Is 100% Tie Off Enough?

By: Greg Small, P.Eng

I cringe when I hear people stating and even bragging they always are tied off …. implying that they think they are safe , merely because they tie-off. This is like thinking that it is impossible to die in a car accident because you have your seat belt on. We all know that there is much more to staying alive in cars than just wearing your seat belts.

A prime example is residential roofing, an industry struggling to protect its workers now that US OSHA is finally forcing the issue, but does not yet have effective solutions that don't substantially increase cost. Unfortunately, some people think that installing a few inexpensive anchors near the peak of the roof and connecting workers to them with an adjustable lifeline system is safe (and in compliance). While there are double restraint techniques (tying off to two anchors at once) that can keep a worker 100% protected from falling, my exploration of this option, including paying a contractor an extra to try it out, showed that single line fall arrest or single and double travel restraint is NOT feasible for residential roofing unless we start building our houses with circular roofs. If done properly using roof anchors and adjustable lifelines, it slows the work down so much that scaffolding around the roof perimeter, or hiring a crane to serve as an overhead anchor, would be less expensive.


Roofers need to be able to walk the entire roof surface, often dozens of times at the edge where materials are arriving and leaving the roof. Their hands are full and unable to constantly adjust their lifeline lengths to minimize their fall risk. I occasionally come across roofers who are indeed 100% tied off (a good start) but generally leave themselves enough rope to move around. which is unfortunately also allows them to fall off and reach or swing into the ground.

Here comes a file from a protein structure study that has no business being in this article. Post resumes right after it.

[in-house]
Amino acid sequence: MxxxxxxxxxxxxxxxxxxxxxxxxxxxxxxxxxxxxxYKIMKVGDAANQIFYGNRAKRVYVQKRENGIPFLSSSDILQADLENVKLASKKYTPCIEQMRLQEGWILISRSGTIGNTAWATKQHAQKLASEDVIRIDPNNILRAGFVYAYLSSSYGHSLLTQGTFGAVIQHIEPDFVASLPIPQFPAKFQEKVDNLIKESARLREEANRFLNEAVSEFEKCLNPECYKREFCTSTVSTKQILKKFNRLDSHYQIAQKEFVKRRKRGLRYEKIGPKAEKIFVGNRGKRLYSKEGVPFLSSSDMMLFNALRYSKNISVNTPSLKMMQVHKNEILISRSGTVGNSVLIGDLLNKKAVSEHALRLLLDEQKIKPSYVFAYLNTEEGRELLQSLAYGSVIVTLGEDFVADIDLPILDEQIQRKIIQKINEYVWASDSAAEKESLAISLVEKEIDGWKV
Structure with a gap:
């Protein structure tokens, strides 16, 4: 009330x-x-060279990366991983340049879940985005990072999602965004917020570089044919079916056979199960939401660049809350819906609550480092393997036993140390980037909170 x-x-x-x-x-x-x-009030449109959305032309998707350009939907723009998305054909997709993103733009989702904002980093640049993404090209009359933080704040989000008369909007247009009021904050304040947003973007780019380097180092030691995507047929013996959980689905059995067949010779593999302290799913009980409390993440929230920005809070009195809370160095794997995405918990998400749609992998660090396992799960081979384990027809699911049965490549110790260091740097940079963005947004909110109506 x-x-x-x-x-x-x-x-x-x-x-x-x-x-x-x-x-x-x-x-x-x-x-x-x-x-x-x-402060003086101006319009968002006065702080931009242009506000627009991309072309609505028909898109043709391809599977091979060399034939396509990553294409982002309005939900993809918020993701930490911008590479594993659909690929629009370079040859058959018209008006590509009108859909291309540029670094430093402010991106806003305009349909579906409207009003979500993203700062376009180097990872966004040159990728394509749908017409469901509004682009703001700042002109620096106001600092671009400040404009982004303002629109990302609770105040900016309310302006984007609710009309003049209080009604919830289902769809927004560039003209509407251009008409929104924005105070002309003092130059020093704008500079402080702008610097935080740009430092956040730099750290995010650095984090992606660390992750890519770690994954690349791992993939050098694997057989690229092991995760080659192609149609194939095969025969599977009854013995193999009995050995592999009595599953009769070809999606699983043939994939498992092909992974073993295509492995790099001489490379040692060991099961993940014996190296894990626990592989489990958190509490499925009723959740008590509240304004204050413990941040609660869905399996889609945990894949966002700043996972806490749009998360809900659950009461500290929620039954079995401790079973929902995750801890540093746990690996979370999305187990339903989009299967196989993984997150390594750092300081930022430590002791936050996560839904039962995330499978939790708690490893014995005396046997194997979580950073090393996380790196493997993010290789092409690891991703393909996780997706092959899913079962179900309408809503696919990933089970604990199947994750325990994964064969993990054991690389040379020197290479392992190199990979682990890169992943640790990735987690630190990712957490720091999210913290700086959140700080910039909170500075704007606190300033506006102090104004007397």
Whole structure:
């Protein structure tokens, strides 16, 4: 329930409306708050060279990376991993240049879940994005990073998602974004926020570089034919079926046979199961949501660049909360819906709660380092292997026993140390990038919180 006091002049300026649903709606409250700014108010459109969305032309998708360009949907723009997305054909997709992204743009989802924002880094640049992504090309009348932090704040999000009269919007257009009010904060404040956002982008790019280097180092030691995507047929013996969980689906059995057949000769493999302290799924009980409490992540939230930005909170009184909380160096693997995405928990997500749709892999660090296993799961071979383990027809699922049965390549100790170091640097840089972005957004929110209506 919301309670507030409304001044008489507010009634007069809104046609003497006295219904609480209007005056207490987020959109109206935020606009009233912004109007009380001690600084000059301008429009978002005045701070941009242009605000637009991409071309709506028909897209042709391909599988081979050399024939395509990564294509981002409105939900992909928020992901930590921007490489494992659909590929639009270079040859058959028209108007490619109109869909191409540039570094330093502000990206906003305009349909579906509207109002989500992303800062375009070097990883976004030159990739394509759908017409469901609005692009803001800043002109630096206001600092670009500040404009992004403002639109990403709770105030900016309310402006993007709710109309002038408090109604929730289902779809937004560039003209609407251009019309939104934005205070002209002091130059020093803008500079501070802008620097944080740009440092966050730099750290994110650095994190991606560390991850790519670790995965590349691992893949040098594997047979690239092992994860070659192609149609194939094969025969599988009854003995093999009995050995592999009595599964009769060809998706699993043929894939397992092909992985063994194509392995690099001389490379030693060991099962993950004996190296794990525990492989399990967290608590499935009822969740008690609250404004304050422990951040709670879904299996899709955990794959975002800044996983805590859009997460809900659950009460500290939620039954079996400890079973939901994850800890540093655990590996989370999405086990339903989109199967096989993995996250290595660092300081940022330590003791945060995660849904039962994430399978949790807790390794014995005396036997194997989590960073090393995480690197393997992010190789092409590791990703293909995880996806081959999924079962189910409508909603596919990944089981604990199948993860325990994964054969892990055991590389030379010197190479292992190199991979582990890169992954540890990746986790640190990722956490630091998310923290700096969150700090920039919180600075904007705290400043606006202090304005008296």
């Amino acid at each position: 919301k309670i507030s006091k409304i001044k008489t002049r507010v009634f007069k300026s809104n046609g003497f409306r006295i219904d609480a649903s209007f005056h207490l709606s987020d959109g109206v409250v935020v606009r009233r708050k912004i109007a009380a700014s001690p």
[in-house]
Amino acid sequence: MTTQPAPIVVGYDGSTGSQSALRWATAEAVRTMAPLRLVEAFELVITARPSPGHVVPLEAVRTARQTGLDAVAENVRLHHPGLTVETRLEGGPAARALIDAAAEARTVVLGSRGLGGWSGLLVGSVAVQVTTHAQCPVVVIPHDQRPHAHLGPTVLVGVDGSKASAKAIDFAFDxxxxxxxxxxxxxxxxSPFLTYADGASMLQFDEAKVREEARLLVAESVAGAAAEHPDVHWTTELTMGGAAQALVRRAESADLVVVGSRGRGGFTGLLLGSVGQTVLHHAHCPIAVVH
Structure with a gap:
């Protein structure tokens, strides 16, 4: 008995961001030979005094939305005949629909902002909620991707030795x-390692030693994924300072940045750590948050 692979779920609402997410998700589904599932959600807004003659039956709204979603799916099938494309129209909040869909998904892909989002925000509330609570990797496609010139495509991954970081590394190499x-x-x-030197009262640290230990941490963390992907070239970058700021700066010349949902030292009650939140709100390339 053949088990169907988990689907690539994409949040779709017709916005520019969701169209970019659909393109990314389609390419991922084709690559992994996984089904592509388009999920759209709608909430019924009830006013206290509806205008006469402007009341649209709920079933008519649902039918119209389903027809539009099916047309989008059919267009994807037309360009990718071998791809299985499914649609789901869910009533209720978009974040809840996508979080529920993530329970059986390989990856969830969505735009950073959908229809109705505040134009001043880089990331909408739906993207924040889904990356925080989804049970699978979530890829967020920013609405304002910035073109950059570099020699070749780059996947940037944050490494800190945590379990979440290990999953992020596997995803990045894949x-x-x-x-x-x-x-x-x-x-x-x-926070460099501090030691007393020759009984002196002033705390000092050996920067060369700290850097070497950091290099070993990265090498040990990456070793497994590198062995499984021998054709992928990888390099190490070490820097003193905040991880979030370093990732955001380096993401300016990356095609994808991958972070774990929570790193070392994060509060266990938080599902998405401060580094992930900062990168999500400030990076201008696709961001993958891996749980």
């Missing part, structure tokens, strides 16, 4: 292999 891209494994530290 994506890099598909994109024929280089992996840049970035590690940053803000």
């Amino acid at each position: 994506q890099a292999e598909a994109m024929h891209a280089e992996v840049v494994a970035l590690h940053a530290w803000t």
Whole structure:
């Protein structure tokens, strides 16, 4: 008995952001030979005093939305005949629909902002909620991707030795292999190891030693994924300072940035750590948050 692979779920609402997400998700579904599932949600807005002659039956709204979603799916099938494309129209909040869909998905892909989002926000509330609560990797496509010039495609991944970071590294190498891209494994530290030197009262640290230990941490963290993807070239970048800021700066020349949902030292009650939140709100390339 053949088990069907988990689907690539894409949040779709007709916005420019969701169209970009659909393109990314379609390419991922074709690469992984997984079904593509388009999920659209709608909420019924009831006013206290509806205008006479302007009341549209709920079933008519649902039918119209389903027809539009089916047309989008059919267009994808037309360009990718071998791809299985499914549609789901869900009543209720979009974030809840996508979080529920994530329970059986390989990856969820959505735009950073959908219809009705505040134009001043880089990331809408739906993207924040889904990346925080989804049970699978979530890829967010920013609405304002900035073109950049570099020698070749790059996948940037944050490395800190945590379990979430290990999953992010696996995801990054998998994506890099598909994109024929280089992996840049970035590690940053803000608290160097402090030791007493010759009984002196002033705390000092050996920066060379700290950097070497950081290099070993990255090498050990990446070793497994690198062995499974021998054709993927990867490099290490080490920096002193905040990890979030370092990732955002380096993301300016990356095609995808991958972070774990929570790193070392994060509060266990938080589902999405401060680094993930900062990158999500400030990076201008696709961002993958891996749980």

Perhaps people think that automatic devices such as SRLS that keep the line length to the minimum are a solution. how many people realize that the ones with clutches (or external energy absorbers) need 15 feet of clearance for a 310 lb worker falling from a standing position? This is too much for a single story roof. SRLs without clutches or energy absorbers will stop the fall sooner, but give extremely high impacts (they only pass a 2 foot free fall to meet our standards). Big impacts risk injury to the worker, cutting of the line, and even failure of the roof anchor. On higher roofs, SRLs allow the worker to walk to and fall off a corner and swing into lateral obstructions or if the swing is large enough, into the ground.

Yes there are definitely situations where 100% tie-off is feasible and in compliance. However,much greater planning is required beyond simply being tied off. Our industry must evolve our thinking from 100% tie-off to effective fall protection systems.